Emission control efforts bring business opportunities
BEIJING - Li Zongwei, chief financial officer of a solar energy company, was passionate while talking about the company's plan.
"We are planning to expand our production capacity of over 700 megawatt (mW) per year by 2011, with 600 mW at our headquarters and 100 mW at another base in Hainan province, to increase its nameplate capacity to 1.7 gigawatt (mW) PV modules for higher demand."
Li was talking in Beijing at the Global Green Think Tank Summit, an event held from Monday to Thursday to promote low-carbon economy with the theme of "the age of low-carbon economy: opportunities in a global emerging market".
"We have won the 10 MW bid for the solar power plant of Dunhuang Project in Gansu province, and are further exploring the domestic market," he said, "We believe that the market expansion would be more exponential than it is now."
Founded in 1987 in Baoding, Hebei province, Yingli Green Energy Holding Company Ltd has taken 10 percent of the world's solar market, according to Li.
He is very optimistic about China's new energy market, which has the central government's support.
The government has accelerated the construction of solar, hydropower, nuclear, and wind power capacities. The solar power capacity soared to 300 MW in 2009.
According to the country's long and mid-term development plan, the figure is expected to reach 1.8 GW by 2020.
Furthermore, based on the proposal for China's twelfth "Five-year Program" which was released by the Communist Party of China in late October, China should make the reduction of energy consumption intensity and carbon dioxide emission "binding goals" in the 2011-15 period.
"In fact, the government's support for new energy is more instructive and directional," Li said, "We are more likely to get financing, and constructions projects are more likely to cooperate with us under the influence of our government."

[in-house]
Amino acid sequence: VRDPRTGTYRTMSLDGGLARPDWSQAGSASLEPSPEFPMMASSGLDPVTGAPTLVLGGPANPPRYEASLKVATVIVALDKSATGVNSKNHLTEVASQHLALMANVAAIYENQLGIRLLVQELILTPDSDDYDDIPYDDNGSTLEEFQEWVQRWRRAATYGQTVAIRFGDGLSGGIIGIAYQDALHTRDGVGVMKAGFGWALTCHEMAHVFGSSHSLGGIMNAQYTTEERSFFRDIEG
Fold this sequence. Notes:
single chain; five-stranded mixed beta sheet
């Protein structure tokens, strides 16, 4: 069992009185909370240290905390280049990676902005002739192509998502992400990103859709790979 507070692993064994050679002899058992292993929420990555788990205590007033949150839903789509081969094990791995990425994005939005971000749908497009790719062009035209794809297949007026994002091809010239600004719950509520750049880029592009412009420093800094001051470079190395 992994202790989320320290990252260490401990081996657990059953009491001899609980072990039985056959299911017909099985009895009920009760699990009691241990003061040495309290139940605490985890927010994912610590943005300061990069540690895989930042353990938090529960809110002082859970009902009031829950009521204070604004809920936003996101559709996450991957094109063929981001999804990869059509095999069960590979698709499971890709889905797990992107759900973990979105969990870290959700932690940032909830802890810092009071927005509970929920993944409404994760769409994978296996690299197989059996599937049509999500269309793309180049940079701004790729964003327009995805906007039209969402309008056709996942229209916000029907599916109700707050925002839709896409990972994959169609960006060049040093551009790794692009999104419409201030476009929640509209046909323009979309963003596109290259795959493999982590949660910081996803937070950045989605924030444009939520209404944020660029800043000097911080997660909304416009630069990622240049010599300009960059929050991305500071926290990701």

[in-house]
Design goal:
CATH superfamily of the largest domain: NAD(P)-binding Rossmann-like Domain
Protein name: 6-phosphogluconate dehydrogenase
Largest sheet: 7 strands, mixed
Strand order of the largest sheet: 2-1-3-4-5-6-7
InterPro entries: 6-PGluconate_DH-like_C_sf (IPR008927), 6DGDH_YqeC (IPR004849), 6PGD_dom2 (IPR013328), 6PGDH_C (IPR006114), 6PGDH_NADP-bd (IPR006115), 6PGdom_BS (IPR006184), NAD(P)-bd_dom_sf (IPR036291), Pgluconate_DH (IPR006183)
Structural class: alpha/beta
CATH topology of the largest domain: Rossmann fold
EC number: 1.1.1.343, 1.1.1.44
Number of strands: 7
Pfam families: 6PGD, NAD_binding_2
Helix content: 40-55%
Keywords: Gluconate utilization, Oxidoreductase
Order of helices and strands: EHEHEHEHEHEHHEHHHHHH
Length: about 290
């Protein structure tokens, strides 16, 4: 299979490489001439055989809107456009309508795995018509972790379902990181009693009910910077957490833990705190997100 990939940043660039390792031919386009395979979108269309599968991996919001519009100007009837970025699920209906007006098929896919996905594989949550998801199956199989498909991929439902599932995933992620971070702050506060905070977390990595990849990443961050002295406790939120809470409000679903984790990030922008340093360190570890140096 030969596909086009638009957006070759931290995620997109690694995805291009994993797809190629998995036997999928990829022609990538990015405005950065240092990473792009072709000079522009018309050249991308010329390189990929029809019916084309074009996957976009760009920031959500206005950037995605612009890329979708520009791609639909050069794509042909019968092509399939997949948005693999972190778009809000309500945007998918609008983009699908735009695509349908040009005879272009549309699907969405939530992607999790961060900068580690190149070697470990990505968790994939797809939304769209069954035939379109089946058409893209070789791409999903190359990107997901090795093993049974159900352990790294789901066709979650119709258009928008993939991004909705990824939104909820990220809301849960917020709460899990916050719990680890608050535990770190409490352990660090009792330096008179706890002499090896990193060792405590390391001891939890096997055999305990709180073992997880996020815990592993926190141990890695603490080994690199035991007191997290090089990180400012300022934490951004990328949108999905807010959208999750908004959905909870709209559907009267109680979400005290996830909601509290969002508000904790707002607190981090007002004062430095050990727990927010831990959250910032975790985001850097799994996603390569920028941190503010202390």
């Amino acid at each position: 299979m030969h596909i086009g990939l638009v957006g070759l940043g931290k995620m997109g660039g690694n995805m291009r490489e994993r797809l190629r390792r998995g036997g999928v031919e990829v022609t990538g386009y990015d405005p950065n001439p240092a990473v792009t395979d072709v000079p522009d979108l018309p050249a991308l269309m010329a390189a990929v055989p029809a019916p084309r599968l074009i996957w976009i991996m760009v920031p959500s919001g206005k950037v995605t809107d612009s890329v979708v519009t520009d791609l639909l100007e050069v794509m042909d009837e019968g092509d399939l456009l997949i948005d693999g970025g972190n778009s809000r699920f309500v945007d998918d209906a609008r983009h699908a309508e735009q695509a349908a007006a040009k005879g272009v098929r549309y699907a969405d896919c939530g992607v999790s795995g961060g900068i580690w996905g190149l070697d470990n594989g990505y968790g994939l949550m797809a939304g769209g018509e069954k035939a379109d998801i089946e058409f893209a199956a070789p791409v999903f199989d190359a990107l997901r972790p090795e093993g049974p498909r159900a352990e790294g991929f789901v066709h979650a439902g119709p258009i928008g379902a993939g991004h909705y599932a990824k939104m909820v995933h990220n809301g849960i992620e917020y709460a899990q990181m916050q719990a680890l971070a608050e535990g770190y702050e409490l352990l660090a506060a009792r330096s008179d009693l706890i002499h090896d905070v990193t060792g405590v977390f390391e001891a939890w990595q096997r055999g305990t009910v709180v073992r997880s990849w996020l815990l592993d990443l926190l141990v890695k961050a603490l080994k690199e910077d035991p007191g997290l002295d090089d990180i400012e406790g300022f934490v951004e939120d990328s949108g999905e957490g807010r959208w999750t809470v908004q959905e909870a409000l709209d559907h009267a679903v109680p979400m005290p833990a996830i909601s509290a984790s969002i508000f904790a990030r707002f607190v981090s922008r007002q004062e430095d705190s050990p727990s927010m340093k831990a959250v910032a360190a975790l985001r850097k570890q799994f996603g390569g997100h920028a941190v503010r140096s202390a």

Christopher Huang, managing director of Morgan Stanley Asia, said, "new energies such as solar and wind power have become key investment areas for us, as we have seen the great efforts the Chinese government has done in emission control."
The IB is the first Chinese financial institution to adopt "Equator Principles", a voluntary set of guidelines that require signatory banks to consider environmental and social issues when providing financing services.
Huang Huikang, special representative for climate change negotiations of China's Foreign Ministry, said at the summit that the government would continue to earmark large funds in the development of new energy, new material, and new technologies, which would definitely provide business opportunities.
"The global climate change not only requires companies and individuals to take responsibility, but also provides great opportunities, and insightful entrepreneurs should grasp the perfect chance," said Huang.
Supported by the UN Climate Change Team and the UN Youth Office, the summit was co-organized by the International Green Economy Association, Global Green Think-Tank Club, Global Youth Council on Climate Change and Sustainability and Global Sustainable Leaders Development Institute.